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  • Investing is recommended for a 15-20 year horizon. If you invest money that you want to spend in 10 years or less, there's a good chance it won't work out. This can be a good choice if you're okay with that risk. But you wouldn't want to delay having kids until the stock market recovers 😄

    YNAB obviously can't help with off-budget accounts. Why not keep a spreadsheet where you track what you paid in for which purpose?

    YNAB works great for budgeting monthly and spending daily. For purchases with a 5 or 10 year horizon a spreadsheet is a fine addition.

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      • Superbone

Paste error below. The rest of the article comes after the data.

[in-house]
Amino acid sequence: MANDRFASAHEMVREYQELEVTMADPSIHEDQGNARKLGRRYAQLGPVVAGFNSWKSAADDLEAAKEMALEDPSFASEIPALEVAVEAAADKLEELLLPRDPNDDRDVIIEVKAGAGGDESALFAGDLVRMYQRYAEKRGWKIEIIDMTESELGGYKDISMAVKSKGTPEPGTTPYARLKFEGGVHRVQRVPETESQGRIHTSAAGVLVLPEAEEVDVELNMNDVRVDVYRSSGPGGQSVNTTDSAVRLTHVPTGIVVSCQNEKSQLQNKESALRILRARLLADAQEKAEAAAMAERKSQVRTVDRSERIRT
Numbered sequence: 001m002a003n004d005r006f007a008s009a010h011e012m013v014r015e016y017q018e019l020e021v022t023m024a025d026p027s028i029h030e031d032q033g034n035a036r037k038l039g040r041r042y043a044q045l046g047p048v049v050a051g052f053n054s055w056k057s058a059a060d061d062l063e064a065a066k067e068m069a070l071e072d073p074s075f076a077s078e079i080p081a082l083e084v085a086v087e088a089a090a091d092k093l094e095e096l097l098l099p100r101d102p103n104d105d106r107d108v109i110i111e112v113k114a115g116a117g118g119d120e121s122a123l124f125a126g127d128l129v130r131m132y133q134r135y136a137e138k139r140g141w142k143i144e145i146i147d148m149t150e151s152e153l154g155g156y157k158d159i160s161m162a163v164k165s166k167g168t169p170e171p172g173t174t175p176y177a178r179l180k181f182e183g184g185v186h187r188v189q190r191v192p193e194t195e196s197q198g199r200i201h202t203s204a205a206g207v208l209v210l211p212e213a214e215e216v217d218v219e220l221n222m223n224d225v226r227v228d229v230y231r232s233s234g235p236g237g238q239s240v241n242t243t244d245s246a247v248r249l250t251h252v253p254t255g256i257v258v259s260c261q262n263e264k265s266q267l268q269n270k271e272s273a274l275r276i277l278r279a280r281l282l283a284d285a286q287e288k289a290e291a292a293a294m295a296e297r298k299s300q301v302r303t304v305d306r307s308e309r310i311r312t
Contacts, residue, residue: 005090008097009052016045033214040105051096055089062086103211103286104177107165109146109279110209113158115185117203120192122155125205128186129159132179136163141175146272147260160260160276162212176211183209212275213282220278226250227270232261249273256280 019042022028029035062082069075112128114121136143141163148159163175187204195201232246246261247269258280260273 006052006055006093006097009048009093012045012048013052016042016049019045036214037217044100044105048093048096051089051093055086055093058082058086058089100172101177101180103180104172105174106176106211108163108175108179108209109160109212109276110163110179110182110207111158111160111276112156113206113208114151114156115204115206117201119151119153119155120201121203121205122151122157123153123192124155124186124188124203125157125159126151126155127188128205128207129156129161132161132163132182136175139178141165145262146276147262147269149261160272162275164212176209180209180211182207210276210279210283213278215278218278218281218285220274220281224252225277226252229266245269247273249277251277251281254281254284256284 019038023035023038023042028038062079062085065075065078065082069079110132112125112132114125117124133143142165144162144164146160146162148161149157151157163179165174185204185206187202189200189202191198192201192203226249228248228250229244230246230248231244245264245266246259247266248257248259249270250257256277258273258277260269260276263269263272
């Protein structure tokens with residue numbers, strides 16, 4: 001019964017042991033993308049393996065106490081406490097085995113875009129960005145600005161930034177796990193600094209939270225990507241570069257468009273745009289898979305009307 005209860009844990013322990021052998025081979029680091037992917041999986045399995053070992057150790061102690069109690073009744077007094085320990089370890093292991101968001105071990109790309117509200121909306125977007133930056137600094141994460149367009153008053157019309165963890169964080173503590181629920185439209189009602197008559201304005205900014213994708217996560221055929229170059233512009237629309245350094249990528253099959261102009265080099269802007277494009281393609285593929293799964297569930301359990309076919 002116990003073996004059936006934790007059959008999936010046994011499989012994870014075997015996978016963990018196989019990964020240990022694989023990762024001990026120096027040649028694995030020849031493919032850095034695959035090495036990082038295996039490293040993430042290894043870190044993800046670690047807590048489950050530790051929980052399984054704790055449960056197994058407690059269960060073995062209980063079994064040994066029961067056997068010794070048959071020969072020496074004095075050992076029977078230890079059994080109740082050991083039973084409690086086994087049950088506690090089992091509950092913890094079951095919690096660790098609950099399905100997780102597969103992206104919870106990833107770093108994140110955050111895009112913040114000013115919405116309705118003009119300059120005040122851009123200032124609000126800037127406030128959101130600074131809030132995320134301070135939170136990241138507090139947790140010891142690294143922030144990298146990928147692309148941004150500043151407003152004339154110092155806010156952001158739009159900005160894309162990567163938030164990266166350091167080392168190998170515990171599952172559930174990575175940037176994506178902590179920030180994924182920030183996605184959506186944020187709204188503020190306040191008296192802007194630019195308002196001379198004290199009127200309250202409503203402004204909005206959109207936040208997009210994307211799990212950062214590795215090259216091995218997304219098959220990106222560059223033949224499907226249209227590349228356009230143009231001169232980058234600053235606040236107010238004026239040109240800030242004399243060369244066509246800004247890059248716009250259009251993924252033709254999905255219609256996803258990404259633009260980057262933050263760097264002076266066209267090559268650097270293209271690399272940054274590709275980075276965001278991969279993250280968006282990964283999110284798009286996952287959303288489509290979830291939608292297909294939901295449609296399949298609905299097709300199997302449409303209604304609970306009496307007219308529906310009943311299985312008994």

• YNAB convert since 2008
      • Superbone
      • 1 mth ago
      • Reported - view

      Wessel That's definitely a personal choice and depends on one's risk tolerance. I personally would invest any funds needed greater than 5 years. I think 15 years minimum is WAY too conservative and I don't think that's common advice among investment professionals.

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      • Wessel
      • wessel
      • 1 mth ago
      • Reported - view

      Superbone The advice is easy to verify. Look at the S&P 500 for the past 30 years. It has 15 year intervals where it barely breaks even.

      So an educated advisor paid to act in your interest should share the 15-20 year advice. A university researcher would agree. A salesperson for a brokerage would not. Check out Where Are the Customers' Yachts? for a fun read 🤣

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      • Superbone